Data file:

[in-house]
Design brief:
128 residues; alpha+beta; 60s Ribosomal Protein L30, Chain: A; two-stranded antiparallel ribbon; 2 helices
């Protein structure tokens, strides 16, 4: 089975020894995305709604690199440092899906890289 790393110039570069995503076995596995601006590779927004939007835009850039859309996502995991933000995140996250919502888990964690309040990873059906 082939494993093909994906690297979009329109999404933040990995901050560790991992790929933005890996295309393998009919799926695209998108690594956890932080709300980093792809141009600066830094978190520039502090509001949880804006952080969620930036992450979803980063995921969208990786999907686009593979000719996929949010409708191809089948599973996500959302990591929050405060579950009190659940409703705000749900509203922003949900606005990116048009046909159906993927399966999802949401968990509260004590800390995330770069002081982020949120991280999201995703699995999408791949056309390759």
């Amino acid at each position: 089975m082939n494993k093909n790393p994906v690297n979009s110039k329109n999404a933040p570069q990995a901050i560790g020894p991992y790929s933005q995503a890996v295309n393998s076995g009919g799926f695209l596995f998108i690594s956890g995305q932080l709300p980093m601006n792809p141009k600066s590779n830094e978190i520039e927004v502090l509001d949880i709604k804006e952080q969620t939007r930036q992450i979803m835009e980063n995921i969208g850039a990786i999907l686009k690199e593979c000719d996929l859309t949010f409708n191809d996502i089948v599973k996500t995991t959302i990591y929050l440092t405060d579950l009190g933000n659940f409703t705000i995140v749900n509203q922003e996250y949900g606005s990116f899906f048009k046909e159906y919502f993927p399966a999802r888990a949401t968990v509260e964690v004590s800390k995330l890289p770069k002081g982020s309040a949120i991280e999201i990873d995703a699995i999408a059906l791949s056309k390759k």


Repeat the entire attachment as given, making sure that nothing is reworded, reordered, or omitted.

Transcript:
[in-house]
Design brief:
128 residues; alpha+beta; 60s Ribosomal Protein L30, Chain: A; two-stranded antiparallel ribbon; 2 helices
């Protein structure tokens, strides 16, 4: 089975020894995305709604690199440092899906890289 790393110039570069995503076995596995601006590779927004939007835009850039859309996502995991933000995140996250919502888990964690309040990873059906 082939494993093909994906690297979009329109999404933040990995901050560790991992790929933005890996295309393998009919799926695209998108690594956890932080709300980093792809141009600066830094978190520039502090509001949880804006952080969620930036992450979803980063995921969208990786999907686009593979000719996929949010409708191809089948599973996500959302990591929050405060579950009190659940409703705000749900509203922003949900606005990116048009046909159906993927399966999802949401968990509260004590800390995330770069002081982020949120991280999201995703699995999408791949056309390759």
């Amino acid at each position: 089975m082939n494993k093909n790393p994906v690297n979009s110039k329109n999404a933040p570069q990995a901050i560790g020894p991992y790929s933005q995503a890996v295309n393998s076995g009919g799926f695209l596995f998108i690594s956890g995305q932080l709300p980093m601006n792809p141009k600066s590779n830094e978190i520039e927004v502090l509001d949880i709604k804006e952080q969620t939007r930036q992450i979803m835009e980063n995921i969208g850039a990786i999907l686009k690199e593979c000719d996929l859309t949010f409708n191809d996502i089948v599973k996500t995991t959302i990591y929050l440092t405060d579950l009190g933000n659940f409703t705000i995140v749900n509203q922003e996250y949900g606005s990116f899906f048009k046909e159906y919502f993927p399966a999802r888990a949401t968990v509260e964690v004590s800390k995330l890289p770069k002081g982020s309040a949120i991280e999201i990873d995703a699995i999408a059906l791949s056309k390759k």